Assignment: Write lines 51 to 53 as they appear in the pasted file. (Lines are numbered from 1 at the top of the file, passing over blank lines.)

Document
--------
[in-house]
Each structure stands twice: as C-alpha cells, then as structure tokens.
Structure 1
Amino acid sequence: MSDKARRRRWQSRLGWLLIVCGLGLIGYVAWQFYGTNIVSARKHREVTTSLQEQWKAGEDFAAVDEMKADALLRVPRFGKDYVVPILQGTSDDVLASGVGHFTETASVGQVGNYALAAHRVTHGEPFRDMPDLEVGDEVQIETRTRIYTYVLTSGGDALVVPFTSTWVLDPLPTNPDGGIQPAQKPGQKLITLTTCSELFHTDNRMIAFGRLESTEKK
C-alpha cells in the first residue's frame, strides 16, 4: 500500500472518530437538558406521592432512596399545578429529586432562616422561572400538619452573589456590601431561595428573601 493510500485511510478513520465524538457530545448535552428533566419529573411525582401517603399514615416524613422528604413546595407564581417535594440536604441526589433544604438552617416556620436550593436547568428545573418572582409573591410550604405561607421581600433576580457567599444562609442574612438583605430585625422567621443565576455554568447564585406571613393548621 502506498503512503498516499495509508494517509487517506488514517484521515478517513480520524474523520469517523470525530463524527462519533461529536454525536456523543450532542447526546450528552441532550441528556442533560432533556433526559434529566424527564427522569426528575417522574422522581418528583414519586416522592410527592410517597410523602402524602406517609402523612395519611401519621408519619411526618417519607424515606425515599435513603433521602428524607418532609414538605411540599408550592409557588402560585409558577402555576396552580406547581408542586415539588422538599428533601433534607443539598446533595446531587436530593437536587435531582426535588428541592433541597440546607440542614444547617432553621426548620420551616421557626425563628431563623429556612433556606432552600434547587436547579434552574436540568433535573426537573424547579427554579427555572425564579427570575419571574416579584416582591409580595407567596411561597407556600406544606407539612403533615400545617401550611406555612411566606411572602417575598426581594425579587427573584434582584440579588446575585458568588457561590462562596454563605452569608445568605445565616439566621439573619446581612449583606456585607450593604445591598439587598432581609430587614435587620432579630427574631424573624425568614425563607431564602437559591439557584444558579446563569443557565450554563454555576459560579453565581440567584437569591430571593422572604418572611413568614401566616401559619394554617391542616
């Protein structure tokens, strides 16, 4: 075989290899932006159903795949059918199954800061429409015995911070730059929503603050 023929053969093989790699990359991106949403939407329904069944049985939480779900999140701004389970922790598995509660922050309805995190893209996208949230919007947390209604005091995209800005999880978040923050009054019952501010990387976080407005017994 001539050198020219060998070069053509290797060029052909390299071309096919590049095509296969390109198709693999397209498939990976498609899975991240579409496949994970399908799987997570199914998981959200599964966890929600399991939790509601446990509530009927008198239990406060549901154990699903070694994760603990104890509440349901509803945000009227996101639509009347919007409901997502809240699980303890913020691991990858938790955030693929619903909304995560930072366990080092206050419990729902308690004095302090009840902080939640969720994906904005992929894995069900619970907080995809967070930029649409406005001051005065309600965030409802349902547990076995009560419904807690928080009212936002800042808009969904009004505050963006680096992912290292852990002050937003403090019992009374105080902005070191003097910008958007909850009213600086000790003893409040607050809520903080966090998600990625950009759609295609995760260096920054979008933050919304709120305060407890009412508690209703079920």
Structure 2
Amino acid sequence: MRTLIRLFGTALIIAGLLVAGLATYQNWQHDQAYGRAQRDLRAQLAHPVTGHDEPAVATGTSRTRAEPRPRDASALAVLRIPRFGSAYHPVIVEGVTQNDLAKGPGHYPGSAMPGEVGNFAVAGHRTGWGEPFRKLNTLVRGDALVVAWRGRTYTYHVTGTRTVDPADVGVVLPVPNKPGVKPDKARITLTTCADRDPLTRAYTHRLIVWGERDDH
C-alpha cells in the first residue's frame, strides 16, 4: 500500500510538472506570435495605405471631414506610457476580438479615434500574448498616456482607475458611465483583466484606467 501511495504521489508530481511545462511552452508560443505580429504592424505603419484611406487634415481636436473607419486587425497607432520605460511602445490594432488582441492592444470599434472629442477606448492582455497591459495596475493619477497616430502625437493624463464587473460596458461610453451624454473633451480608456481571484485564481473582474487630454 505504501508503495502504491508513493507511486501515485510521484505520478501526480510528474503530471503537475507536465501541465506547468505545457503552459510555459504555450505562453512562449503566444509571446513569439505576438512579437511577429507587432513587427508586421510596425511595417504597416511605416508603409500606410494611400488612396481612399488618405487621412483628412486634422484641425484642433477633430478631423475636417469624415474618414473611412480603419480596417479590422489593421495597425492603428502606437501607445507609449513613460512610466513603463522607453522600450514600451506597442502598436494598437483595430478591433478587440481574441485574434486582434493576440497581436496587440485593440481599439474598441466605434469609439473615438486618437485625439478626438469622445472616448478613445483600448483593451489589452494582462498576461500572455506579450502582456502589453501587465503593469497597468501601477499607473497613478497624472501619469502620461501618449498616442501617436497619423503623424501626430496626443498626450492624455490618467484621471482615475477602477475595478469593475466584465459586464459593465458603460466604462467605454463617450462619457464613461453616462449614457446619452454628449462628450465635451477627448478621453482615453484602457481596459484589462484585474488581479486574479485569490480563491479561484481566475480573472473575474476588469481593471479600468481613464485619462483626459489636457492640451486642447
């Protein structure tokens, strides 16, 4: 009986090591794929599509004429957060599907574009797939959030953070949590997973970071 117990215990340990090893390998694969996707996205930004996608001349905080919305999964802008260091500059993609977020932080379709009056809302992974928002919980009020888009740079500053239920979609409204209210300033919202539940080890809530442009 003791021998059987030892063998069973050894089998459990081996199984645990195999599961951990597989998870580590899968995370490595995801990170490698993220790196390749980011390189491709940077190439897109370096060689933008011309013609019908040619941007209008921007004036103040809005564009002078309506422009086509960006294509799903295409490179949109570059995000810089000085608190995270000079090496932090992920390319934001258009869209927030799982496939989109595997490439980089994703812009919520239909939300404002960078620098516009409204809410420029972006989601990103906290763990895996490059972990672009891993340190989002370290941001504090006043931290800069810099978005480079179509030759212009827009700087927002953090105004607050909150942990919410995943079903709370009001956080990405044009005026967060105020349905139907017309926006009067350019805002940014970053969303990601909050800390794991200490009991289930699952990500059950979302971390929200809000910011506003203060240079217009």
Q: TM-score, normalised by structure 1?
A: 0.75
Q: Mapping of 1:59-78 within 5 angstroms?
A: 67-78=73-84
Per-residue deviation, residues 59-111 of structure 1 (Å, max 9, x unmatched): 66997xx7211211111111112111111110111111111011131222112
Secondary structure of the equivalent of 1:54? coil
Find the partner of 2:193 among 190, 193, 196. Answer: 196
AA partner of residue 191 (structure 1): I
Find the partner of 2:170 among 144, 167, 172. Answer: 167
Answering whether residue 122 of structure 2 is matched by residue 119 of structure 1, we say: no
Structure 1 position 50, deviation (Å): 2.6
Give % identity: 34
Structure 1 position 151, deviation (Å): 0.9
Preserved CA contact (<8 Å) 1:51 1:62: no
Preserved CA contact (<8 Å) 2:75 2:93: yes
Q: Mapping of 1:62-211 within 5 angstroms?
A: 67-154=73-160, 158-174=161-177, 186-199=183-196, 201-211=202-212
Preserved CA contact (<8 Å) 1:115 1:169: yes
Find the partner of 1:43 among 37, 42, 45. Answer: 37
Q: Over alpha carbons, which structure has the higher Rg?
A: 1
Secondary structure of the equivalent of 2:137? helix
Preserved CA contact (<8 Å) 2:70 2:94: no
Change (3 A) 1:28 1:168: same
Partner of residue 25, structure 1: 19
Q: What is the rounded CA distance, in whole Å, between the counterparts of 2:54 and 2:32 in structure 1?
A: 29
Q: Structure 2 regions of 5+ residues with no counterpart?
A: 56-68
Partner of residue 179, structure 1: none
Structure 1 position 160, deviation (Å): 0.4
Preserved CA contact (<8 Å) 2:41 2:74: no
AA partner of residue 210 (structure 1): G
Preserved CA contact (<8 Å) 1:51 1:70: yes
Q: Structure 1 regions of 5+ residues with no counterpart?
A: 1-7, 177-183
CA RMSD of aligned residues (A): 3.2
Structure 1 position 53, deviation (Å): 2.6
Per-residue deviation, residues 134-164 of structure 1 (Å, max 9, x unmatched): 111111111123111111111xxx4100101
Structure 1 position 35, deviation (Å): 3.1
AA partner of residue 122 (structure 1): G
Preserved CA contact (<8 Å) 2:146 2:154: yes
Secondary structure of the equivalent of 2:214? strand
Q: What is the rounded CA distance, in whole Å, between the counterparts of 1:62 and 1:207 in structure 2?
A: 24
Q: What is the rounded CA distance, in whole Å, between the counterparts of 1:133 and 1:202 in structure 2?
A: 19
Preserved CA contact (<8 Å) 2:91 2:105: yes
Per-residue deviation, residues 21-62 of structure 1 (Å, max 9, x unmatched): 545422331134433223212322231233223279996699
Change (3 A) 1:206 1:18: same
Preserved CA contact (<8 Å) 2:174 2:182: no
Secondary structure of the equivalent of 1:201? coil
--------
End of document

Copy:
AA partner of residue 122 (structure 1): G
Preserved CA contact (<8 Å) 2:146 2:154: yes
Secondary structure of the equivalent of 2:214? strand